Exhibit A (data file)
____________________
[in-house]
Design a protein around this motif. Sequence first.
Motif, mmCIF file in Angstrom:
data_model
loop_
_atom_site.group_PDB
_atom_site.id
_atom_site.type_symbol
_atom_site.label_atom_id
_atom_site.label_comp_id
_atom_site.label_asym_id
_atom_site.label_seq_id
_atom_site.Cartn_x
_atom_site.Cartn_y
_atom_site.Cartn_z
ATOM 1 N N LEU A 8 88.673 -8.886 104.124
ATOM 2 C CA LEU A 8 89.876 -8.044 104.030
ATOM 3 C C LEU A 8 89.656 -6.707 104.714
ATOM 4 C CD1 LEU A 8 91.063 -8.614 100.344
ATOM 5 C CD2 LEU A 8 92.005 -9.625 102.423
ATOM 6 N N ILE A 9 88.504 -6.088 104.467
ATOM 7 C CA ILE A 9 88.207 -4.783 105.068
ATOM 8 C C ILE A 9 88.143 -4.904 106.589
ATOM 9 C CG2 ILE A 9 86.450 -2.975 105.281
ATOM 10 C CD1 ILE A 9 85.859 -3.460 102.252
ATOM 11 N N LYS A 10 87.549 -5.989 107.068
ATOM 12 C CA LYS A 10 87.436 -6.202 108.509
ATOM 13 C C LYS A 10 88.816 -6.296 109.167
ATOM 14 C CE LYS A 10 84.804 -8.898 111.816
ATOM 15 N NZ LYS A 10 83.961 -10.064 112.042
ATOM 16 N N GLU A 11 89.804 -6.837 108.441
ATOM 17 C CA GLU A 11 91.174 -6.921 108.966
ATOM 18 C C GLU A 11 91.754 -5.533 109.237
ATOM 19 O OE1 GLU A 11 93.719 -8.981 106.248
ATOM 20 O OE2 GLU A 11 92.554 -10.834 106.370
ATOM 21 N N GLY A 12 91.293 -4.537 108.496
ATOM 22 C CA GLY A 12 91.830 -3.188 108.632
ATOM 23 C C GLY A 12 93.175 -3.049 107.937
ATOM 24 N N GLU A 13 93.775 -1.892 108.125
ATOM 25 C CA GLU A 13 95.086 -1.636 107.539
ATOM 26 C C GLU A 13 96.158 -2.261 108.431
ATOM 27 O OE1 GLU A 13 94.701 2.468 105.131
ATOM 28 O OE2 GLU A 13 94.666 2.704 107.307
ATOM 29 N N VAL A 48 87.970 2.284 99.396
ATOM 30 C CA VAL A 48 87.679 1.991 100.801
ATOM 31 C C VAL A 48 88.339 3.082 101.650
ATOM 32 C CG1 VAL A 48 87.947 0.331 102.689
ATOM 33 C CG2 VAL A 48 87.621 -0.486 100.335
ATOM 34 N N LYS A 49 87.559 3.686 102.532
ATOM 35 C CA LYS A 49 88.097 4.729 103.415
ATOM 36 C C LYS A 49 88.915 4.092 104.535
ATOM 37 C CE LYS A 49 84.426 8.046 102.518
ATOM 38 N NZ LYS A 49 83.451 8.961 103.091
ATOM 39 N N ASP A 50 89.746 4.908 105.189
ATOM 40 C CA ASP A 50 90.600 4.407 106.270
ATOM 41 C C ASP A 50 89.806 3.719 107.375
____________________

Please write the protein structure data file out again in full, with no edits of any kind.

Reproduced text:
[in-house]
Design a protein around this motif. Sequence first.
Motif, mmCIF file in Angstrom:
data_model
loop_
_atom_site.group_PDB
_atom_site.id
_atom_site.type_symbol
_atom_site.label_atom_id
_atom_site.label_comp_id
_atom_site.label_asym_id
_atom_site.label_seq_id
_atom_site.Cartn_x
_atom_site.Cartn_y
_atom_site.Cartn_z
ATOM 1 N N LEU A 8 88.673 -8.886 104.124
ATOM 2 C CA LEU A 8 89.876 -8.044 104.030
ATOM 3 C C LEU A 8 89.656 -6.707 104.714
ATOM 4 C CD1 LEU A 8 91.063 -8.614 100.344
ATOM 5 C CD2 LEU A 8 92.005 -9.625 102.423
ATOM 6 N N ILE A 9 88.504 -6.088 104.467
ATOM 7 C CA ILE A 9 88.207 -4.783 105.068
ATOM 8 C C ILE A 9 88.143 -4.904 106.589
ATOM 9 C CG2 ILE A 9 86.450 -2.975 105.281
ATOM 10 C CD1 ILE A 9 85.859 -3.460 102.252
ATOM 11 N N LYS A 10 87.549 -5.989 107.068
ATOM 12 C CA LYS A 10 87.436 -6.202 108.509
ATOM 13 C C LYS A 10 88.816 -6.296 109.167
ATOM 14 C CE LYS A 10 84.804 -8.898 111.816
ATOM 15 N NZ LYS A 10 83.961 -10.064 112.042
ATOM 16 N N GLU A 11 89.804 -6.837 108.441
ATOM 17 C CA GLU A 11 91.174 -6.921 108.966
ATOM 18 C C GLU A 11 91.754 -5.533 109.237
ATOM 19 O OE1 GLU A 11 93.719 -8.981 106.248
ATOM 20 O OE2 GLU A 11 92.554 -10.834 106.370
ATOM 21 N N GLY A 12 91.293 -4.537 108.496
ATOM 22 C CA GLY A 12 91.830 -3.188 108.632
ATOM 23 C C GLY A 12 93.175 -3.049 107.937
ATOM 24 N N GLU A 13 93.775 -1.892 108.125
ATOM 25 C CA GLU A 13 95.086 -1.636 107.539
ATOM 26 C C GLU A 13 96.158 -2.261 108.431
ATOM 27 O OE1 GLU A 13 94.701 2.468 105.131
ATOM 28 O OE2 GLU A 13 94.666 2.704 107.307
ATOM 29 N N VAL A 48 87.970 2.284 99.396
ATOM 30 C CA VAL A 48 87.679 1.991 100.801
ATOM 31 C C VAL A 48 88.339 3.082 101.650
ATOM 32 C CG1 VAL A 48 87.947 0.331 102.689
ATOM 33 C CG2 VAL A 48 87.621 -0.486 100.335
ATOM 34 N N LYS A 49 87.559 3.686 102.532
ATOM 35 C CA LYS A 49 88.097 4.729 103.415
ATOM 36 C C LYS A 49 88.915 4.092 104.535
ATOM 37 C CE LYS A 49 84.426 8.046 102.518
ATOM 38 N NZ LYS A 49 83.451 8.961 103.091
ATOM 39 N N ASP A 50 89.746 4.908 105.189
ATOM 40 C CA ASP A 50 90.600 4.407 106.270
ATOM 41 C C ASP A 50 89.806 3.719 107.375